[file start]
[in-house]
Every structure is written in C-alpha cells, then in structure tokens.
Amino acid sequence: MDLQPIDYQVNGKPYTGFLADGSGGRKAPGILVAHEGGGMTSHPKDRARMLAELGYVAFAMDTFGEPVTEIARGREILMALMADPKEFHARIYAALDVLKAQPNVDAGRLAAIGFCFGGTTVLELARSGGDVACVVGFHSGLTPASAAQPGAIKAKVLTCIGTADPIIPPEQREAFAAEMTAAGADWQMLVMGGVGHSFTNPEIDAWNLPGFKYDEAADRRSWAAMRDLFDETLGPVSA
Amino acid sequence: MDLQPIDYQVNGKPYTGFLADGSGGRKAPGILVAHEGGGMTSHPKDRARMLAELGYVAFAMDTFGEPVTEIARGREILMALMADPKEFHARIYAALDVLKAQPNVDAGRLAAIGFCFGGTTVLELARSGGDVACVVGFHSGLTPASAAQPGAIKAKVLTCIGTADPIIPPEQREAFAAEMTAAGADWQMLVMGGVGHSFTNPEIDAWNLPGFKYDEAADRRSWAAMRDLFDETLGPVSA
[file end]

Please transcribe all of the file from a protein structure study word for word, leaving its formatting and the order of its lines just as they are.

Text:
[in-house]
Every structure is written in C-alpha cells, then in structure tokens.
Amino acid sequence: MDLQPIDYQVNGKPYTGFLADGSGGRKAPGILVAHEGGGMTSHPKDRARMLAELGYVAFAMDTFGEPVTEIARGREILMALMADPKEFHARIYAALDVLKAQPNVDAGRLAAIGFCFGGTTVLELARSGGDVACVVGFHSGLTPASAAQPGAIKAKVLTCIGTADPIIPPEQREAFAAEMTAAGADWQMLVMGGVGHSFTNPEIDAWNLPGFKYDEAADRRSWAAMRDLFDETLGPVSA
Amino acid sequence: MDLQPIDYQVNGKPYTGFLADGSGGRKAPGILVAHEGGGMTSHPKDRARMLAELGYVAFAMDTFGEPVTEIARGREILMALMADPKEFHARIYAALDVLKAQPNVDAGRLAAIGFCFGGTTVLELARSGGDVACVVGFHSGLTPASAAQPGAIKAKVLTCIGTADPIIPPEQREAFAAEMTAAGADWQMLVMGGVGHSFTNPEIDAWNLPGFKYDEAADRRSWAAMRDLFDETLGPVSA